Synthetic Marijuana Overview
Synthetic marijuana is extremely addictive. Because the drug was sold as a legal alternative to pot, no one assumed there was a risk of addiction. That turned out not to simply not be the case, anyone can get physically addicted to synthetic cannabinoids within just a few weeks of regular use.
Synthetic marijuana is when herbs, incense, or other leafy substances are sprayed with lab-synthesized liquid chemicals to mimic the effects of tetrahydrocannabinol (THC), the main ingredient in the naturally grown marijuana plant. Essentially, this drug is a synthetic cannabinoid, which is created in a lab. Synthetic marijuana is far more powerful than natural marijuana, and the side effects are a lot more dangerous and unpredictable.
Some first-time users find the side effects to be so unpleasant that they don’t try the drug ever again. However, some find that they crave synthetic marijuana just as they would the hardcore drugs, such as heroin, crack, or prescription drugs.
Signs and Symptoms of Addiction
Reports indicate that the effects of synthetic marijuana are similar to natural marijuana, but much more intense. Many users that have tried both synthetic and natural marijuana have reported to Poison Control and emergency room staff that the effects of Spice are a lot more intense and way more dangerous than natural marijuana.
Below are the side effects and symptoms of synthetic marijuana:
- Psychotic episodes (sometimes very severe)
- Paranoia, increased anxiety, and hallucinations
- Increased heart rate
- Uncontrollable body movements
- Lack of emotional attachment
- Sweating and loss of control
- Red eyes
- Dry mouth
If someone is abusing synthetic marijuana, here are some tell-tale signs that you can look for:
- Sudden stints of hyperactivity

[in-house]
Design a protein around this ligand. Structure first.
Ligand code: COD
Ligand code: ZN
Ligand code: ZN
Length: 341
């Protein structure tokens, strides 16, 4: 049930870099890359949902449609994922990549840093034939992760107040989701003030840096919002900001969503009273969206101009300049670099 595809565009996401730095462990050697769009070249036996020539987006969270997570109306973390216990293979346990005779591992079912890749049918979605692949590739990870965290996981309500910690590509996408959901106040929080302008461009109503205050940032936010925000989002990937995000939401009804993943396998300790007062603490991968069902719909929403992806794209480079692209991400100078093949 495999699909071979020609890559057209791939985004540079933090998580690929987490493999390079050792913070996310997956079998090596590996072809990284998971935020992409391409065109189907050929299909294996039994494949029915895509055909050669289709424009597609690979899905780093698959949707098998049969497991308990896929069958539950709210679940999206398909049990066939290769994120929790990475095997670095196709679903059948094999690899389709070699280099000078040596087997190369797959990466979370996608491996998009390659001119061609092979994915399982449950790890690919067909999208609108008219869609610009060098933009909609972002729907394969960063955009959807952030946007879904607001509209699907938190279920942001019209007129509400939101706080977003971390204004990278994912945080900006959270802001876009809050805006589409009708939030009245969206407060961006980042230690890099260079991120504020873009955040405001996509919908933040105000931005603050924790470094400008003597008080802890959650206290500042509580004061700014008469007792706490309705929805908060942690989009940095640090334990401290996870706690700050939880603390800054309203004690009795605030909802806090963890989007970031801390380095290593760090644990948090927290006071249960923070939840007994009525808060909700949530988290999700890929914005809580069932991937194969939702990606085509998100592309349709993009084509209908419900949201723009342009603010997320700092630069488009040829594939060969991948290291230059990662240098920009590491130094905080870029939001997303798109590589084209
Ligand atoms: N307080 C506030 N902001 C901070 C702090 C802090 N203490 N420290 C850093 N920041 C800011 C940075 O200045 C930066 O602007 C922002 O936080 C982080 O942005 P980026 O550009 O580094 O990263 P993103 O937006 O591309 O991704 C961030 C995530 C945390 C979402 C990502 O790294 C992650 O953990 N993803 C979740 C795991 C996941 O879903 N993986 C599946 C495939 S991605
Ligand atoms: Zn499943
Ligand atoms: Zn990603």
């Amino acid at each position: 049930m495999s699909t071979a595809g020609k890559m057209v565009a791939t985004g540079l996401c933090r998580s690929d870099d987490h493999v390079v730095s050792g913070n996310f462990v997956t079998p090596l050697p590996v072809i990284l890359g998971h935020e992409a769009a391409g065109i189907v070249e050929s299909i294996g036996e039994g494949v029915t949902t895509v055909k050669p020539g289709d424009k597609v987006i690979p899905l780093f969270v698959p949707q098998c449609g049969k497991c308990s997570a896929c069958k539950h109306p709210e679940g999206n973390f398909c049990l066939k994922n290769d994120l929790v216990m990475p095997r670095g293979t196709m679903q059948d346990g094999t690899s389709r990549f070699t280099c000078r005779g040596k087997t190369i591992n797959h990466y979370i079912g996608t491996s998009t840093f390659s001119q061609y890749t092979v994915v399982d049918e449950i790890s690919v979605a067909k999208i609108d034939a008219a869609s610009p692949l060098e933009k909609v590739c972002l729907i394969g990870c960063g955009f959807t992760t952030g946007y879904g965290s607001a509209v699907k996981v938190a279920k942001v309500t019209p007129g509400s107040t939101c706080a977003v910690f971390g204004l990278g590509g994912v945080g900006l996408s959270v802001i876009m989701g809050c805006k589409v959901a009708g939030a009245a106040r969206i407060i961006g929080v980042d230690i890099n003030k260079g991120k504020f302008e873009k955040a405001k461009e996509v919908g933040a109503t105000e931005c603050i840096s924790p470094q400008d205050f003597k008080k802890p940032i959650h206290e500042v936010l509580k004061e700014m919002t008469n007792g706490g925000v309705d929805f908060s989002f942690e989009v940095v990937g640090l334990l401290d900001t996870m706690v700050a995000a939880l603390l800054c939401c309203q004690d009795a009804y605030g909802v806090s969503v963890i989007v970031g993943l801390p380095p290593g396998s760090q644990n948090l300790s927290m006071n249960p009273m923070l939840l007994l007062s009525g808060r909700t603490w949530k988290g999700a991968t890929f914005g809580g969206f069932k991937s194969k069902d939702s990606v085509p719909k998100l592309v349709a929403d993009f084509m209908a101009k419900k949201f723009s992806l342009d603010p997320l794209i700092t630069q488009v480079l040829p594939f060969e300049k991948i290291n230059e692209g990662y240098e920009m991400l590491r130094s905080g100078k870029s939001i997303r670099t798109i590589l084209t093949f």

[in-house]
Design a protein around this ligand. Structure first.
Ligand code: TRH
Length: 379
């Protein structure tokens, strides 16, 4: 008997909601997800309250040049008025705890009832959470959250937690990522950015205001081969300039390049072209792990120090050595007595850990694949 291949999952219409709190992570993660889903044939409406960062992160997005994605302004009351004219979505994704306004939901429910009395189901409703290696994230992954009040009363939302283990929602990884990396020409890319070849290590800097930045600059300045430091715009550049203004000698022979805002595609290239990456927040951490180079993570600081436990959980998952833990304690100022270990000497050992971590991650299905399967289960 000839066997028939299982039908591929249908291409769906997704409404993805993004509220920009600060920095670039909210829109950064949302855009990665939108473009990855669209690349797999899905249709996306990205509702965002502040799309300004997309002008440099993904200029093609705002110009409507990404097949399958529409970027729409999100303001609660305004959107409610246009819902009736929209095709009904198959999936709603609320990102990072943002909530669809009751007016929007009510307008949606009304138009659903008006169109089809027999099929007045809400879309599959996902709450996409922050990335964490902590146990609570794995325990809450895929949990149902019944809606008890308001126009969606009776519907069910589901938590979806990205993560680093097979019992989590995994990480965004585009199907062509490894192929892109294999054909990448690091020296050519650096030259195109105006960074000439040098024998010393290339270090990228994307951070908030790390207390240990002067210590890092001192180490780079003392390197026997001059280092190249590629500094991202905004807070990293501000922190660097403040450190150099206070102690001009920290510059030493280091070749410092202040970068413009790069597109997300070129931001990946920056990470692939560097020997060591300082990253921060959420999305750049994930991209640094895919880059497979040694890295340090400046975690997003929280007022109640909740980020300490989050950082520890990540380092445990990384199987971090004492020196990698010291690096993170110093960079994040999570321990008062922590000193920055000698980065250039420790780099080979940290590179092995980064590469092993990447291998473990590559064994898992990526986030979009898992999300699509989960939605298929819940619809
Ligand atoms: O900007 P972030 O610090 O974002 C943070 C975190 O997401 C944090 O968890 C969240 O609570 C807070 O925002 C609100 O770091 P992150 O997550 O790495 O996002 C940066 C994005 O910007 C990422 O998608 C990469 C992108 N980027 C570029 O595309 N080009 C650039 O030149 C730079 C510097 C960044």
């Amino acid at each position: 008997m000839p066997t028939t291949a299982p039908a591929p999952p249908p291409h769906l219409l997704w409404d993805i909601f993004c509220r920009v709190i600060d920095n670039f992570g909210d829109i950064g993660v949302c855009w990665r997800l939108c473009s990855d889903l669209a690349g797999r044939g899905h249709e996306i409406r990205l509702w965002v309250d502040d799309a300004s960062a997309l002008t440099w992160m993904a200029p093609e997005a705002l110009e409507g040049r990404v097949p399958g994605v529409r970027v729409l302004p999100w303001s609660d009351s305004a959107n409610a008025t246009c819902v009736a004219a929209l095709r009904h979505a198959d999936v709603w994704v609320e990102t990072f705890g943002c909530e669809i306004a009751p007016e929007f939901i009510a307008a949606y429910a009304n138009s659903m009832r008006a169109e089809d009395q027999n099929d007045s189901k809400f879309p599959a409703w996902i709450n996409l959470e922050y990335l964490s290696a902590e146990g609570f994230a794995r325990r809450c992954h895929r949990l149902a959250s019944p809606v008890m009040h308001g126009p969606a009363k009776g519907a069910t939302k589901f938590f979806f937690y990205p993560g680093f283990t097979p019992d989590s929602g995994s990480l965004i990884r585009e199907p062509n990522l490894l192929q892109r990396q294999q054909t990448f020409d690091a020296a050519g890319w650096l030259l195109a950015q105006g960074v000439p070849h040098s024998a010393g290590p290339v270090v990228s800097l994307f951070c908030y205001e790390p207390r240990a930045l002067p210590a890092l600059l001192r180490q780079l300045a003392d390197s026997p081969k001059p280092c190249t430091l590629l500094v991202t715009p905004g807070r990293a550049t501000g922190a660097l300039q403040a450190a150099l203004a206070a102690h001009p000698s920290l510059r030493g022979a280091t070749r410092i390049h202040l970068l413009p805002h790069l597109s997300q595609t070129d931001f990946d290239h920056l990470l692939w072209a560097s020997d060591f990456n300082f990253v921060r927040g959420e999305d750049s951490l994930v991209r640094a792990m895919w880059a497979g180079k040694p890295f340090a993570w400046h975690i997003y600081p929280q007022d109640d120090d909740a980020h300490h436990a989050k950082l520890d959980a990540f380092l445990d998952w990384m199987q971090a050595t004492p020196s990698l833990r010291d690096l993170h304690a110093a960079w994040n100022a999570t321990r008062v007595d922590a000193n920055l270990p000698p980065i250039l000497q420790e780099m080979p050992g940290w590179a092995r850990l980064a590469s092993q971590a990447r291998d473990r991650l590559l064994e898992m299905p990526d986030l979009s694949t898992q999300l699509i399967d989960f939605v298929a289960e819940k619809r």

- Sudden stints of lethargy
- Unprovoked and sudden angry outbursts
- Physical aggression
- Heart palpitations
- Panic attacks
- Feeling unusually tired
- Altered perceptions
In addition to different variables affecting someone’s possibility of becoming addicted to synthetic marijuana, there are some risk factors that can enhance your chances:
- Being male
- Being a younger age (synthetic marijuana is most popular among high school students)
- Lack of parental involvement/poor parenting
- Exposure to crime and violence
- Peer pressure
- Easy access to the drug
- Family history of substance abuse
- Personal history of abusing other substances
- Personal or family history of mental illness
- Exposure to chaotic or hectic home, work, or school environments
Synthetic Marijuana Paraphernalia
Synthetic marijuana can be ingested similarly to natural marijuana. It can be smoked by itself in a joint, through a pipe or bong, or mixed with tobacco or natural marijuana in a joint. Synthetic marijuana can also be baked into foods, such as cookies or brownies, or even made into tea.
What Happens to the Body from a Marijuana Addiction?
The effects of synthetic marijuana have been reported to be similar to natural marijuana, such as an elevated mood, a relaxed state, and an altered perception. However, the effects of synthetic marijuana can be much stronger than natural marijuana due to the synthesized chemicals. Some users have reported psychotic effects such as extreme anxiety, paranoia, and hallucinations.
There are no real tests available that give doctors a sure answer when someone comes in suffering from the effects. Doctors can only treat the complications and hope that the patient will make it through the side effects without doing too much damage to themselves or others.
Since the drug is fairly new, the long-term effects are not yet known. However, there have been reports that suggest some of the products contain heavy metal residues that may be harmful.
Understanding a Synthetic Marijuana Addiction
Because of the complicated nature of synthetic marijuana, there is still a lot of research that needs to be done in order to provide more conclusive results on the causes and risks that lead someone to start experimenting with synthetic marijuana and then actually develop an addiction. Some of the possibilities are listed below: